We showed that a simple intervention based on encrypted digital signature as a trigger of events in an EHR could reduce the time to discharge after medical order around a median of 7 hours by reducing clerical work. Furthermore, this change was immediate and sustained after the intervention. Finally, a slight and persistent decrease in the number of patients diverged for ED waiting for an available bed on the floor.
Reducing boarders in the ED is a complex problem. The phenomenon is associated with several causes that assume different intensities depending on the institution studied. Therefore, identifying the leading causes to solve is paramount. In our institution, unscheduled hospital admission indicated to HOC patients was a workable BPM evaluation problem. The main problem was guaranteeing safety discharge after medical order according to Brazilian legislation regarding clerical work. Before 2017, Brazilian law obliged healthcare personal to ensure that everything was correct before the patient left the hospital. After 2017, Brazilian regulations started to accept the encrypted digital signature as a valid alternative. We implemented this solution to all healthcare personnel and used it as the primary intervention in this project.
This intervention had an immediate and sustained effect, reducing 7 hours of the hospital bed turnover. In 2013, The Advisory Board Company (www.advisory.com) estimated a reduction of 0.25 days in the duration of hospital stay for an institution of 600 beds would provide an extra 25 beds available in 24 hours. This amount of beds is what we should expect to accommodate the unscheduled hospital admissions of HOC patients.
Even though the reduction in time to discharge was immediate, the same did not occur to the number of patients diverted to the ED. There could be several explanations for this finding. One of those is an institutional culture (a "reflex") to diverge patients to ED instead of looking for an available bed on the floor. In our institution, each specialty has some designated beds for their use. The "new" bed that the intervention provided was not always one specialty with a patient needing in-hospital admission. We corrected that by implementing an allocation beds central dashboard and guaranteed the teams that "their" beds would be available again in 24 hours if they "lend" it to the specialty in need. Another reason is that some patients must require intensive care unit, positive or negative isolation beds (for cases of tuberculosis or immune depressed conditions, respectively), which are more scarce in the institution.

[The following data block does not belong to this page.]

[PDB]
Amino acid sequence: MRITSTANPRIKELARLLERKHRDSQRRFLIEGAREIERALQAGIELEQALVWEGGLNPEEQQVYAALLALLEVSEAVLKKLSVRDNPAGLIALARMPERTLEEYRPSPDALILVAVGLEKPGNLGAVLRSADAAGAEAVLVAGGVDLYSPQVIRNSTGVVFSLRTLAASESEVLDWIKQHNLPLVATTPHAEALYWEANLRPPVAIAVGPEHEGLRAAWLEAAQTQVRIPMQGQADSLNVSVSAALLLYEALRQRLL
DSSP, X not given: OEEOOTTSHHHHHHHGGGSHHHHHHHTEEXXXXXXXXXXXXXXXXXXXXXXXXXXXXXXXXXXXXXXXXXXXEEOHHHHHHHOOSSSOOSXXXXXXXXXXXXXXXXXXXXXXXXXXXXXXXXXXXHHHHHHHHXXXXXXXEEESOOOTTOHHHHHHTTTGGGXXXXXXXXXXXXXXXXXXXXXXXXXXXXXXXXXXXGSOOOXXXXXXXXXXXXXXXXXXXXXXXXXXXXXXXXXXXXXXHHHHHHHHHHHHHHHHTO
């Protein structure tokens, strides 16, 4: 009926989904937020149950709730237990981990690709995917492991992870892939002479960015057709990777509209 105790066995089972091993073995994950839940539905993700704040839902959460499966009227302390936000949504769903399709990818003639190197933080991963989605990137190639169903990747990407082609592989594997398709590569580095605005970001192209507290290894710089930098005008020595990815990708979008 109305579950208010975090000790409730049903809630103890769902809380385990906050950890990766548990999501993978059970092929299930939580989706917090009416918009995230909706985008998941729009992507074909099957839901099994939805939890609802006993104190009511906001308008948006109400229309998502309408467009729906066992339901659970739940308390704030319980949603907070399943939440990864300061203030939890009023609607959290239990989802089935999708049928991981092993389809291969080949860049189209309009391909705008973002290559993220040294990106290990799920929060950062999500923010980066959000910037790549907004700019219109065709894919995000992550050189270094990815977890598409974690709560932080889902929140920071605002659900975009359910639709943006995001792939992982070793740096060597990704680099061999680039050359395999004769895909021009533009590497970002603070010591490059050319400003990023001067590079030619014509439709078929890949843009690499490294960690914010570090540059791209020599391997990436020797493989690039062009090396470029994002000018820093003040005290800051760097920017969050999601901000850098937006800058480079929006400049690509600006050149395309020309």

Besides the impact of expediting the patient discharge, shifting to the left of the leaving hour is significant. Our patients come from small cities around and depend on working hour transportation for going home after discharge. If the discharge occurs after 17h00, there is no transportation, the patient has to remain in the hospital up to the following day, and we could not use the bed for another patient waiting in the ED. This problem is aggravated during weekends when this transportation is not available. We attributed the bimodal distribution before the intervention to the nurse duty shifty. The shift to the left and assuming a normal distribution after the intervention corroborates this. Other authors showed similar findings[10, 11].
Our approach to avoiding boarder by expediting discharge after medical order is a pull forward strategy since the available bed will "pull" waiting for patients to the floor. Another process recently reviewed in the literature is a push-forward one, represented by the transfer of patients to a lounge on the floor, so the floor staff will try to guarantee an available bed. This push-forward strategy still lacks definitive evidence of effectiveness. Our pull-forward approach seems more logical since it addresses the floor staff's needs instead of putting pressure on them. We acknowledged that our strategy steel requires further studies for a definitive cause-effect relationship. Still, we should consider that differences among institutions, including their culture, should be considered while searching for solutions to avoid boarders in ED.
Our findings are following others. Mustafa et al. demonstrated that the patients diverged to ED from HOC who indicate an unscheduled admission are an essential contributor to crowding. Furthermore, patients with delayed discharge occupied up to 15% of the hospital beds. Muhammad et al. presented similar results, emphasizing the role that elderly patients represent in this situation. Silva et al. presented similar data in Brazil and pointed to the role that teaching hospitals such as ours could have.
Ideally, following patients' flow in a thorough output model, including more active measures such as a dedicated person, would bring more immediate results in reducing boarders. Nevertheless, our institution has limited resources, and the solution implemented is very cost-effective. After the present study's findings, as previously mentioned, we implemented a dedicated central to follow up patient flow, including a hospitalist that can intervene proactively to reduce LOS[16, 17]. Newer strategies such as discrete events simulation could work in tandem with BPM to evaluate an intervention's impact before studying it in the field.